Nanoanalysis compares hypersensitivity toothpastes

By DrBicuspid Staff

February 14, 2012 -- Nanoscale analysis using field emission scanning electron microscopy (FESEM) has given Indiana Nanotech and 3M ESPE visual proof of Clinpro toothpaste's hypersensitivity benefits (American Journal of Dentistry, December 2011, Vol. 24:6, pp. 357-362).

Teeth hypersensitivity occurs when nerves in the dentin are exposed to stimuli such as hot or cold drinks. Toothpastes that claim to relieve the pain of sensitive teeth are believed to work by blocking the tubules in the dentin that lead to the nerves.

Craig Schwandt, PhD, senior research scientist at McCrone Associates and a study co-author, analyzed demineralized dentin treated with various toothpastes to determine which could form mineral deposits in the tubules. The toothpastes were fluoride-free Silly Strawberry, Clinpro 5000, Clinpro Tooth Crème, MI Paste Plus, Sensodyne Nupro 5000, and Topex Renew.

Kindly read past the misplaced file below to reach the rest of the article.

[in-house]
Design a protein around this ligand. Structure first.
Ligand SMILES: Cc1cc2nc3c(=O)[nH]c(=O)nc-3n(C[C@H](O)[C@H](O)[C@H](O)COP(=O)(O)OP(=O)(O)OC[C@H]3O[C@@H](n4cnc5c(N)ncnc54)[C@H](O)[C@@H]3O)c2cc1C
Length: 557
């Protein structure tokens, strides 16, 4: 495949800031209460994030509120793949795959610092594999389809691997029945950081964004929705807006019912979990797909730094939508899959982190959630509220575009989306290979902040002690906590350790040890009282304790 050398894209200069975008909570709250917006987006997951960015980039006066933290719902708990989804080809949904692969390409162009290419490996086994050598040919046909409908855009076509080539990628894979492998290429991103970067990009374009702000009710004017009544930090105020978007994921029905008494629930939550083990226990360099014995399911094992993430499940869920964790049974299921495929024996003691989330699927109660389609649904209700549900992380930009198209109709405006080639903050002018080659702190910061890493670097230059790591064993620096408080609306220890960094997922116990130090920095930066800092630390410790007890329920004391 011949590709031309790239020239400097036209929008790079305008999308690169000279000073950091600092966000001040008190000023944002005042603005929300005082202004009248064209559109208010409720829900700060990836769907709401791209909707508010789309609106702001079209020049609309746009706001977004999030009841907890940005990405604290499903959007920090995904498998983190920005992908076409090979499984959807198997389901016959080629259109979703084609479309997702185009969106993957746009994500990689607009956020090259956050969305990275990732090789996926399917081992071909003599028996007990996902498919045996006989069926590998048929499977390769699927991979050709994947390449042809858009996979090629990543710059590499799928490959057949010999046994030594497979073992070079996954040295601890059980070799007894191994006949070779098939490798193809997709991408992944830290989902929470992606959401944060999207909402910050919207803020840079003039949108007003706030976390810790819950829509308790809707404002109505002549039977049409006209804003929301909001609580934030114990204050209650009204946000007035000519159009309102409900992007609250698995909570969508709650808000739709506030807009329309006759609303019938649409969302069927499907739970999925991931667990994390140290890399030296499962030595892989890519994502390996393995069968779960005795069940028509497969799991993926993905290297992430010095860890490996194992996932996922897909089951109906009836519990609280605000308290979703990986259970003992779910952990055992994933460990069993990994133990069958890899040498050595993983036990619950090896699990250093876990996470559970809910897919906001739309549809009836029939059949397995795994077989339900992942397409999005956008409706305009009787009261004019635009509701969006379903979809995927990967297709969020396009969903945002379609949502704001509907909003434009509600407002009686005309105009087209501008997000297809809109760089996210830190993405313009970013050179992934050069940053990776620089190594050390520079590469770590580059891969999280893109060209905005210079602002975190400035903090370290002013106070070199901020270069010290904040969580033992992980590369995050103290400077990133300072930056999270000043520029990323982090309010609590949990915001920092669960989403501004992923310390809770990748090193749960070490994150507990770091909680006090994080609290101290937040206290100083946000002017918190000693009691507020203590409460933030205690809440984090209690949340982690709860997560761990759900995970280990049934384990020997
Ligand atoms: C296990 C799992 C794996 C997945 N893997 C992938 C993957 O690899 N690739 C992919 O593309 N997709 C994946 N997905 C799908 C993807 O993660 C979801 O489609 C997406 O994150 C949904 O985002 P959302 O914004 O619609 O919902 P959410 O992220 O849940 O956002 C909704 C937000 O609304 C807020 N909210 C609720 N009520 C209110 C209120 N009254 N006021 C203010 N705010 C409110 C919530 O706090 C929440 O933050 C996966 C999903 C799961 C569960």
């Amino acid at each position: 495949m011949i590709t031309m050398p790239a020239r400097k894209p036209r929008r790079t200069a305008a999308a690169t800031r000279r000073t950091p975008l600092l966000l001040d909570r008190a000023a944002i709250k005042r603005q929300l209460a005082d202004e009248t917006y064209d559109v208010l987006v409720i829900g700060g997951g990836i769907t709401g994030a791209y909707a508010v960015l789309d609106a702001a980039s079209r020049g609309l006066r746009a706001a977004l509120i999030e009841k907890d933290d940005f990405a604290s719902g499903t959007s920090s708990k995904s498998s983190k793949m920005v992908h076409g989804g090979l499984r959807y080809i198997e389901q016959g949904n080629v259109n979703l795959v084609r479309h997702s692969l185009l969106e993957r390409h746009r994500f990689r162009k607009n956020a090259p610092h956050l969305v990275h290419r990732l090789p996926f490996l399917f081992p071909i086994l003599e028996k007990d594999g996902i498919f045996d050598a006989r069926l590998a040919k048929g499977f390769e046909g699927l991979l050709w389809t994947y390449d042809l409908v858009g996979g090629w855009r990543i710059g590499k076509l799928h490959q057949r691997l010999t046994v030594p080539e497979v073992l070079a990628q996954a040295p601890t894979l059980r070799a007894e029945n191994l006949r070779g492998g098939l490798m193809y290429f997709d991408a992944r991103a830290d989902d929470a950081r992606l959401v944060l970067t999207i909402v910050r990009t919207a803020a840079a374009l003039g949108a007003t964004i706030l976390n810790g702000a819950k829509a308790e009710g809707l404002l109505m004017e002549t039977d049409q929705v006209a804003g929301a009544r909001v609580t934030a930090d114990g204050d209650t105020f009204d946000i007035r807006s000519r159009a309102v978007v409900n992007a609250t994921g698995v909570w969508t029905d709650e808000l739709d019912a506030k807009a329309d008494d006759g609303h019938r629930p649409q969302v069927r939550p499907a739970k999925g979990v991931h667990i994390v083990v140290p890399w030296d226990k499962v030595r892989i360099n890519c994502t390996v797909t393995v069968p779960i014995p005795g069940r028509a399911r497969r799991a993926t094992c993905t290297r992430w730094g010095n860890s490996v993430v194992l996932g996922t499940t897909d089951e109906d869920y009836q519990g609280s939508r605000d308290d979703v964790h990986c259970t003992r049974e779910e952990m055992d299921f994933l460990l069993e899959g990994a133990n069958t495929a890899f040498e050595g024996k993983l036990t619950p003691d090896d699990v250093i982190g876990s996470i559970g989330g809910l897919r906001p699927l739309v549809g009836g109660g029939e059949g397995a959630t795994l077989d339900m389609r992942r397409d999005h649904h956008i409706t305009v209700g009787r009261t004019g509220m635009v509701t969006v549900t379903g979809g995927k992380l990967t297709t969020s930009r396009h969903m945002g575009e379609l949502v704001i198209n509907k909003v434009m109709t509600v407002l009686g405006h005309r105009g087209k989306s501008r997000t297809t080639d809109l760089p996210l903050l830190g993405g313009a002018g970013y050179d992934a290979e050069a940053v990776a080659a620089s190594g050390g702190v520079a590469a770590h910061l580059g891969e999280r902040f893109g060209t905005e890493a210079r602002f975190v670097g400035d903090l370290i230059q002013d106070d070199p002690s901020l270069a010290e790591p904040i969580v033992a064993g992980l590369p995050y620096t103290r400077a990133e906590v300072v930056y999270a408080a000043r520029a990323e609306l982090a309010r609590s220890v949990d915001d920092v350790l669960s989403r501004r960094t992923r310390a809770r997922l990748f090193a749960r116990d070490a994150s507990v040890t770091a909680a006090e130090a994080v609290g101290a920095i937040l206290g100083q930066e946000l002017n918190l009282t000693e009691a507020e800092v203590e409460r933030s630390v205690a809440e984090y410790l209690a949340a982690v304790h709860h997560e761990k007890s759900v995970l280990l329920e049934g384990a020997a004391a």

Schwandt showed that Clinpro products promoted mineral deposits in the dentin tubules, and that Clinpro was the most effective at filling the tubules compared with the other brands, according to McCrone. The deposits were also resistant to acid, which, for instance, can take the form as an acidic beverage like coffee, or be generated as a byproduct of bacteria as it breaks down sugar in the mouth.

FESEM also revealed that the other toothpastes only exhibited moderate abilities to block the tubules, and none of their deposits was acid-resistant.


Copyright © 2012 DrBicuspid.com
 

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